# Lesson Video: Equation of a Straight Line: General Form Mathematics • 9th Grade

In this video, we will learn how to find and write the equation of a straight line in general form.

16:59

### Video Transcript

In this video, we will learn how to find and write the equation of a straight line in general form.

There are many forms in which the equation of a straight line can be written, and we may already be familiar with some of them. For example, there’s the slope–intercept form, 𝑦 equals 𝑚𝑥 plus 𝑏, where 𝑚 represents the slope of the line and 𝑏 represents its 𝑦-intercept. Another form in which we can give the equation of a straight line is the point–slope form, 𝑦 minus 𝑦 one equals 𝑚 multiplied by 𝑥 minus 𝑥 one, where 𝑚 represents the slope of the line as before and 𝑥 one, 𝑦 one represents the coordinates of any point that lies on the line.

These two forms of the equation of a straight line are useful in different contexts. For example, from the slope–intercept form, we can identify both the slope and 𝑦-intercept of a straight line at a glance. But these forms do also have their limitations mainly because it isn’t possible to write the equation of every straight line in either of these forms, in particular, vertical lines of equations of the form 𝑥 equals 𝑘 for some constant value of 𝑘. This can be rearranged to 𝑥 minus 𝑘 equals zero. But it isn’t possible to rearrange this equation into either of the two forms we’ve already discussed because it has no 𝑦-term, or at least the coefficient of 𝑦 is zero.

We’ll therefore introduce a third form of the equation of a straight line. This is called the general form because the equation of every straight line can be written in this form. The general form of the equation of a straight line then is 𝑎𝑥 plus 𝑏𝑦 plus 𝑐 equals zero, where 𝑎, 𝑏, and 𝑐 are real constants which may be equal to zero. We note that all three terms are on the same side of the equation, and the right-hand side is equal to zero.

It isn’t required that 𝑎, 𝑏, and 𝑐 are integers, but usually when we give our answers, we do ensure that they are. In the case of vertical lines, which we were concerned about earlier, their equations can be rearranged to 𝑥 minus 𝑘 equals zero. And this is in the general form with 𝑎, the coefficient of 𝑥, equal to one, 𝑏, the coefficient of 𝑦, equal to zero, and 𝑐, the constant term, equal to negative 𝑘.

In the same way, the equations of horizontal lines which we can write as 𝑦 equals some constant 𝑘 two can be rearranged to 𝑦 minus 𝑘 two is equal to zero. And this is also in the general form, this time with 𝑎 equal to zero, 𝑏 equal to one, and 𝑐 equal to negative 𝑘 two. The equation of any diagonal line can also be written in this form. And we’ll see examples of this during the video. Now this form, the general equation of a straight line, is very closely related to the standard form of the equation of a straight line. This is 𝐴𝑥 plus 𝐵𝑦 equals 𝐶, where 𝐴, 𝐵, and 𝐶 are integers and 𝐶 is nonnegative. We must ensure that we are clear on the distinction between the two, which is predominantly in the position of the constant term.

One drawback of the general form of the equation of a straight line is that we cannot directly identify the slope of a line given in this form from its equation. In order to find the slope, we need to rearrange the equation into the slope–intercept form and then read off the coefficient of 𝑥. We’ll demonstrate how to do this in our first example.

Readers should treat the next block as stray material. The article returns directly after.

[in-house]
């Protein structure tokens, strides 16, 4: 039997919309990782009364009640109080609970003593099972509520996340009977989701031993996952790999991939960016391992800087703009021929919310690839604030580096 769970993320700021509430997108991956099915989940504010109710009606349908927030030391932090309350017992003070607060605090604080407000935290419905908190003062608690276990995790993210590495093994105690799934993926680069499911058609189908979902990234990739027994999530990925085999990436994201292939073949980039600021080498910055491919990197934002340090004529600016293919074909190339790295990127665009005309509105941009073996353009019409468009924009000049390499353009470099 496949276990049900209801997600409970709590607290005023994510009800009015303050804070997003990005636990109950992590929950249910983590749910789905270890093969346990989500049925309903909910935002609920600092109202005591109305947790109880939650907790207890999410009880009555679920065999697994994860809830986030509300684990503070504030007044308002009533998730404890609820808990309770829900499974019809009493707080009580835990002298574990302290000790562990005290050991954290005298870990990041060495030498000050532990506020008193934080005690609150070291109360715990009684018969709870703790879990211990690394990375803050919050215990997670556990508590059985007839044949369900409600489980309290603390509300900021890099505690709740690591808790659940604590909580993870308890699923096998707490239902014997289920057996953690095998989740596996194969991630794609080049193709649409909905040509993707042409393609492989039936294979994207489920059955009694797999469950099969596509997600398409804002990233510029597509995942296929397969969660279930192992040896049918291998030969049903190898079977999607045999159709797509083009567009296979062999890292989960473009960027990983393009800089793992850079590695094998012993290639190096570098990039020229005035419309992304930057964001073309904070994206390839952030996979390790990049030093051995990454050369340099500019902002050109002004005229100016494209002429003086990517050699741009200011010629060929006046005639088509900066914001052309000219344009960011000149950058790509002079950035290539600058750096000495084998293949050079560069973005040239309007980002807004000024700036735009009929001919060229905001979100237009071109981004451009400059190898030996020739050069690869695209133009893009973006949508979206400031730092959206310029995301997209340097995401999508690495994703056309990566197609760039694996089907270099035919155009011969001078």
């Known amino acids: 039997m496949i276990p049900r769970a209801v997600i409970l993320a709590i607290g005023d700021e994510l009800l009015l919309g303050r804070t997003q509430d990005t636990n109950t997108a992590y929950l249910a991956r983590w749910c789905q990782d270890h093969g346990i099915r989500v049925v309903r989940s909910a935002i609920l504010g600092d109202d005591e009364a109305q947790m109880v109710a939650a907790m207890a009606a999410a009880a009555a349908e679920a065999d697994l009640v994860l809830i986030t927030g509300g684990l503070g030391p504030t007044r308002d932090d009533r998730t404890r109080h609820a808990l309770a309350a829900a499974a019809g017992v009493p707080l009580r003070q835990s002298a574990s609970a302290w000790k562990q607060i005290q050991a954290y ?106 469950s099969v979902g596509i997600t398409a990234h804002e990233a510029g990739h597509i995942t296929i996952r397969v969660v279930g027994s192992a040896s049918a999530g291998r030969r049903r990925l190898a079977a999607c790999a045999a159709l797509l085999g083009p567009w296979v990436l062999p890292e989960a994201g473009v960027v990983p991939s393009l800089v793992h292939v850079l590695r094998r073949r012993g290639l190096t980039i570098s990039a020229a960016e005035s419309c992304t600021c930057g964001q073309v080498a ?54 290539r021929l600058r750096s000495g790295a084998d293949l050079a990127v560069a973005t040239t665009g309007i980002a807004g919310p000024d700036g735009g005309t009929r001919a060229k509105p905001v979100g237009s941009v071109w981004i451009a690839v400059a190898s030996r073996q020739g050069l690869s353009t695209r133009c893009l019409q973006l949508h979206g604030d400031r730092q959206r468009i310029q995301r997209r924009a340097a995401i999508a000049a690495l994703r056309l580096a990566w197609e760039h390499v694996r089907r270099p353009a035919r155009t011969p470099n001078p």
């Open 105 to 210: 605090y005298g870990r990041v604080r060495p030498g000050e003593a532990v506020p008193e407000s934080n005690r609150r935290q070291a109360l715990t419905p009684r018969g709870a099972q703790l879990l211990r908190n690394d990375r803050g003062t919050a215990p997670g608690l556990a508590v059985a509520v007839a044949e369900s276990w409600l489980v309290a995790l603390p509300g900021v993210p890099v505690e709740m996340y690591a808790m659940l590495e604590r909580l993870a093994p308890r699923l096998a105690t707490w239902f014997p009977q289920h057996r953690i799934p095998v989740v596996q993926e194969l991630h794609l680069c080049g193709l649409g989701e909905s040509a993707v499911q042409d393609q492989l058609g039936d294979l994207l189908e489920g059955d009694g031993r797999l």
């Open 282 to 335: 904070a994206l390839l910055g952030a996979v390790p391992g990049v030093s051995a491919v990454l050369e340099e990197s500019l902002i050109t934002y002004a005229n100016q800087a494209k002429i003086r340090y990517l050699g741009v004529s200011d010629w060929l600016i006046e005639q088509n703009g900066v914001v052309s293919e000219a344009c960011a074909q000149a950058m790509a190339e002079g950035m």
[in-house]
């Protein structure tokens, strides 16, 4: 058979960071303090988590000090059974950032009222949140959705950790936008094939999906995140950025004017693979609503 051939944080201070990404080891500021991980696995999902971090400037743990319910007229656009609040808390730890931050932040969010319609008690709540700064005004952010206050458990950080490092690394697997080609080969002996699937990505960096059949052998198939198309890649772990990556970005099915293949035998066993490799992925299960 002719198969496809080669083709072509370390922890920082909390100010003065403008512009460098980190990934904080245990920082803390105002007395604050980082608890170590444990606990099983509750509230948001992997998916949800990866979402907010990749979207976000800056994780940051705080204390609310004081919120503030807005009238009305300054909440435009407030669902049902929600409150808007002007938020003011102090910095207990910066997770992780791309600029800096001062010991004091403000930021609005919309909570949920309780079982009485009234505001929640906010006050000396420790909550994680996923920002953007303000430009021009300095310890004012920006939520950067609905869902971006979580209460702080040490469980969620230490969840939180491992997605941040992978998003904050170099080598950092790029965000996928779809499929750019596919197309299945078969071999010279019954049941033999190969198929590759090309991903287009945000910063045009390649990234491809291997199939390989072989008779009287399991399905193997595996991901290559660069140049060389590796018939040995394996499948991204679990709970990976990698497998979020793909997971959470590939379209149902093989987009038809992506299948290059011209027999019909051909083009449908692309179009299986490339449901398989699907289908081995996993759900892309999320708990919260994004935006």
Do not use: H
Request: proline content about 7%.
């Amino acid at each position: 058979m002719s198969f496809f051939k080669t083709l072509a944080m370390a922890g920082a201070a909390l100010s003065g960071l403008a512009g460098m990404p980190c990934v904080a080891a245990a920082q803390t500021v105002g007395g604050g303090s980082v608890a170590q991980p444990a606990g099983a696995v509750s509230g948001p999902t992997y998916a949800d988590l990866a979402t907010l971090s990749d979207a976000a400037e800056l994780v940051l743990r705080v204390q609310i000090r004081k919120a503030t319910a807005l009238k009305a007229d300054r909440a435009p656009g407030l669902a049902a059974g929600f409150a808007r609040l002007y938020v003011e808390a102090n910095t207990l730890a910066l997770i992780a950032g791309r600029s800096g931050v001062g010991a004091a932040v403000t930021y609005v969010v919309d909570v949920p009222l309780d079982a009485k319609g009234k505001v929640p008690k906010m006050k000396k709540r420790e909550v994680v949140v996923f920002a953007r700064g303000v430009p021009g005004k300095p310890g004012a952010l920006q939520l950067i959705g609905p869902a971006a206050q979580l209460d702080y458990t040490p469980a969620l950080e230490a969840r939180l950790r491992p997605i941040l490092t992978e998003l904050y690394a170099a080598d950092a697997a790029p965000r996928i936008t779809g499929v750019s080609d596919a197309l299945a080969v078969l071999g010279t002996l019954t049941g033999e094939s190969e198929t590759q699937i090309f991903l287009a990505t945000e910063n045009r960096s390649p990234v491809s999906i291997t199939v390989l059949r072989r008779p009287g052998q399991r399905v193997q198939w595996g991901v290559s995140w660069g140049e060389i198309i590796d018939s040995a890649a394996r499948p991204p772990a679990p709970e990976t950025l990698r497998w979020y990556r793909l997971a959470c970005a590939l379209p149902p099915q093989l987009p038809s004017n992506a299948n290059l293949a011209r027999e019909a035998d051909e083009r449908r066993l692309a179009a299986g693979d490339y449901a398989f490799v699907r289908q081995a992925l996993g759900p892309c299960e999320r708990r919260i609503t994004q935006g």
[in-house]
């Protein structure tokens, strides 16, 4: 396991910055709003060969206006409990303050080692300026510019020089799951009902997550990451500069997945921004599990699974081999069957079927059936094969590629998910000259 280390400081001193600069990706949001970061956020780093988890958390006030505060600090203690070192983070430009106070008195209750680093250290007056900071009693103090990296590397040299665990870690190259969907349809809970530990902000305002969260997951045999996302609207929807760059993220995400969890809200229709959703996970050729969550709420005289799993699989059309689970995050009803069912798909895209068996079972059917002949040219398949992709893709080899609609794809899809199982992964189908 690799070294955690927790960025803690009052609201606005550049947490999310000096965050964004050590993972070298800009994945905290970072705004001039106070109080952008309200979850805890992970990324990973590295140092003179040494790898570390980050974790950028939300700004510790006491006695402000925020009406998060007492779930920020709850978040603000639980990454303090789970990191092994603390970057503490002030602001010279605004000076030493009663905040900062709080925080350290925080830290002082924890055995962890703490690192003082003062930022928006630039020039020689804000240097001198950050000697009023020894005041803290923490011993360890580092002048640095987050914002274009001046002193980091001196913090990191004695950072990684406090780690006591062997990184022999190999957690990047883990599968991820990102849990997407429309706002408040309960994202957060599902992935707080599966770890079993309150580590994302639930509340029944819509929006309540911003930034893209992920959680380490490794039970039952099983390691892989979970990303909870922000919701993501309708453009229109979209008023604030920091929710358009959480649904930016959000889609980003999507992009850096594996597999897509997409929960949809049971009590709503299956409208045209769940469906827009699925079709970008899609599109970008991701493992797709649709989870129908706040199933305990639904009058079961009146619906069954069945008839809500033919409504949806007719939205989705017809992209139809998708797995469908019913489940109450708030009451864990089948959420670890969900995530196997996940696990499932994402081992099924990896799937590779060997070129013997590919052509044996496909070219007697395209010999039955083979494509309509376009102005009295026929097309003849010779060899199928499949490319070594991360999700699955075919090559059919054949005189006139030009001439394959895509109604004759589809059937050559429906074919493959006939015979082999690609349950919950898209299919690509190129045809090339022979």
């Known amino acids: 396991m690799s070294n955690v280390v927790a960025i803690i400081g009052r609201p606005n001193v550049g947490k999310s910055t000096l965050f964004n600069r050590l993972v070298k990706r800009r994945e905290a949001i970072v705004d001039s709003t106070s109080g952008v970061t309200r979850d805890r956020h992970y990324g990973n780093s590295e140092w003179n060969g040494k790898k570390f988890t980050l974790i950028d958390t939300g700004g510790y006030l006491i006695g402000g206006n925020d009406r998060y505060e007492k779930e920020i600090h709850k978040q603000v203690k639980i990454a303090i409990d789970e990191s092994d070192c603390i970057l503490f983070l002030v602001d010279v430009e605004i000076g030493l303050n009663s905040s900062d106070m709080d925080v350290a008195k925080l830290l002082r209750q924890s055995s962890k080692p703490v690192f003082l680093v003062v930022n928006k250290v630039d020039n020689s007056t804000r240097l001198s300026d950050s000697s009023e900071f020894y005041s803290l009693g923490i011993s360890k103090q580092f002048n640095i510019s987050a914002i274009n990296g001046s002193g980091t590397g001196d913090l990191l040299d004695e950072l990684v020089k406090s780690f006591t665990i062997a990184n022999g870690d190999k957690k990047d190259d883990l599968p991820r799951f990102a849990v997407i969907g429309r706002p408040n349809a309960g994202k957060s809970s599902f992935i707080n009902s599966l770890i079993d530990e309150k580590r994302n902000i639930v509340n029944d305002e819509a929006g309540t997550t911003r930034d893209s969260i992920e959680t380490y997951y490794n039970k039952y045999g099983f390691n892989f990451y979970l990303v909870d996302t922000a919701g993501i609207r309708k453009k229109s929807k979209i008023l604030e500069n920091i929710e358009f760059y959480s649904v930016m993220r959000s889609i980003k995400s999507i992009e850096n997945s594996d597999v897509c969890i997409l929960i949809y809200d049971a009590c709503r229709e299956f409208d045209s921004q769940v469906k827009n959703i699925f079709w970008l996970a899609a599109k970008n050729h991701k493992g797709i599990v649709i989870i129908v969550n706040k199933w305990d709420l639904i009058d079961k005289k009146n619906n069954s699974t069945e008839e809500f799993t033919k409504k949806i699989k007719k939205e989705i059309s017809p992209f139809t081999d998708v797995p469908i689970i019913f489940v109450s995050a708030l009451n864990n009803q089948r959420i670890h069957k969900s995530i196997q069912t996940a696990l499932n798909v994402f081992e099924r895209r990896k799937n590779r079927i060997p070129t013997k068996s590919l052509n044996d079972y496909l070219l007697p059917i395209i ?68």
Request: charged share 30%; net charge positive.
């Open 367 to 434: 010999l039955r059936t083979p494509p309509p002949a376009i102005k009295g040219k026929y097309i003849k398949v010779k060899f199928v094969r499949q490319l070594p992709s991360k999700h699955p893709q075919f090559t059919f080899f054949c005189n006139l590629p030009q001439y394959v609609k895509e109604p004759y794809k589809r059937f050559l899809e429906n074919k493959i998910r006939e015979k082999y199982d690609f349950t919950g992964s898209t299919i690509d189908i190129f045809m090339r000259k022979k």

A straight line has the equation negative 15𝑥 plus three 𝑦 minus 12 equals zero. What is the slope of this line?

The equation of this straight line has been given in the general form. That’s 𝑎𝑥 plus 𝑏𝑦 plus 𝑐 equals zero with 𝑎 equal to negative 15, 𝑏 equal to positive three, and 𝑐 equal to negative 12. To determine the slope of this line, we can rearrange its equation to the slope–intercept form. That’s 𝑦 equals 𝑚𝑥 plus 𝑏, where the value of 𝑚, the coefficient of 𝑥, is the slope of the line. Now the value of 𝑏 in this equation gives the 𝑦-intercept. And it isn’t necessarily the same as the value of 𝑏 in the general form, but these are the letters usually used, so we’ll stick with them.

So we’ll take the equation we’ve been given, and we’ll rearrange it to make 𝑦 the subject. First, we need to isolate the 𝑦-term, which we can do by adding 15𝑥 and 12 to each side of the equation. That gives three 𝑦 equals 15𝑥 plus 12. We then divide the entire equation by three, which gives 𝑦 equals five 𝑥 plus four. This equation is now in the slope–intercept form. And we can identify that the coefficient of 𝑥 is five. So the slope of the straight line with equation negative 15𝑥 plus three 𝑦 minus 12 equals zero is five.

In the example we just considered, we found the slope of a line by rearranging its equation from the general form to the slope–intercept form. We found that the slope of this line was five, and this came from simplifying the fraction 15 over three. Now, that value of 15 in the numerator is the negative of the coefficient of 𝑥 in the general form, and the value of three in the denominator is the coefficient of 𝑦. This illustrates a general result. If we were to rearrange the general form of the equation of a straight line still in its algebraic form, we would obtain 𝑦 equals negative 𝑎 over 𝑏 𝑥 minus 𝑐 over 𝑏. The slope of this line will be given by the coefficient of 𝑥, which is negative 𝑎 over 𝑏, and so we can state a general result.